No other sporting event captures the world's imagination like the FIFA World Cup. So what does it take to design, build and operate an advanced, fault-tolerant IP network while the whole world watches? And how will local companies be contributing during this month-long extravaganza, both online and offline?
ZDNet Australia goes behind to scenes to find out how Australian companies are scoring goals on the world arena.
And finally -- although this has nothing to do with enterprise IT -- it would be a tragedy not to mention our sister site CNET.com.au's special World Cup coverage. It features all the latest home entertainment gear to get the most out of watching one of the greatest sporting events, from plasma and LCD TVs, to projectors, DVD recorders and surround sound systems.
Fourteen minutes into Argentina's first World Cup match on June 10, a header bounced off the goalpost and into the Ivory Coast keeper's hands -- and maybe all the way across the goal line. Was it a goal?
In this photo gallery, we take you behind the scenes at FIFA's IT centre and the World Cup broadcast centre in Germany.
During the 64 matches to be played in the 2006 World Cup, an estimated 3.2 million spectators will pass through the 12 stadiums to witness the action first-hand. From arrival to departure, the entire experience will be monitored, streamlined and enhanced by multiple systems from Siemens.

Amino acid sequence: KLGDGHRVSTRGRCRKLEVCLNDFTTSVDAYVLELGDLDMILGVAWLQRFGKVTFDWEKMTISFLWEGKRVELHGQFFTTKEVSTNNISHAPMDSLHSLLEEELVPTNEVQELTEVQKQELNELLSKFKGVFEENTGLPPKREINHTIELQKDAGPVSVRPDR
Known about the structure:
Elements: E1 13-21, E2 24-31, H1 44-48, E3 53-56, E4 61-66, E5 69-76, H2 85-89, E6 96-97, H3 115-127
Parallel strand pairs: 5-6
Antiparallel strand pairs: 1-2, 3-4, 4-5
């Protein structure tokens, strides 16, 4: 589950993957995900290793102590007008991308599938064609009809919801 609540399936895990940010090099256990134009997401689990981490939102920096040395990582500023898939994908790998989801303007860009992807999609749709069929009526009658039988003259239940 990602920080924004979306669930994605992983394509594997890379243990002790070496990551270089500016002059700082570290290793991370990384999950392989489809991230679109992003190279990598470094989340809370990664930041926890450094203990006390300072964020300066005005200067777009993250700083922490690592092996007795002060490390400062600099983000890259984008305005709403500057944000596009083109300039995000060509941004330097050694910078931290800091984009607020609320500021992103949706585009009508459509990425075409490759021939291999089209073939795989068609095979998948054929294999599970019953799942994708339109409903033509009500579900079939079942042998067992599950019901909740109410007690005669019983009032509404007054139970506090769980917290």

As the official online home of the Socceroos, Yahoo7's World Cup site will act as a 24-hour news source, discussion forum and multimedia archive for football-mad Australians hungry for a fix.
Doug Gardner, Avaya's FIFA World Cup Program managing director, on the company's preparations in Germany.
FIFA's networking partner said today it was expecting hackers to launch huge denial of service attacks against the World Cup football network as the first game of the long-awaited tournament in Germany draws closer.
Broadcaster SBS has beefed up the infrastructure behind its World Cup football Web site as Australia's participation for the first time since 1974 is expected to generate unprecedented levels of online traffic.
After a failed attempt to illegally access the FIFA World Cup IT network at the Korea and Japan games four years ago, more emphasis has been placed on intrusion detection processes.
World football governing body FIFA will have less than a month to install the entire IT network into all the stadiums for the World Cup tournament this European summer due to the late finish of the German football season.
How are you going to manage both your information technology team and corporate use of technology resources during the World Cup this month?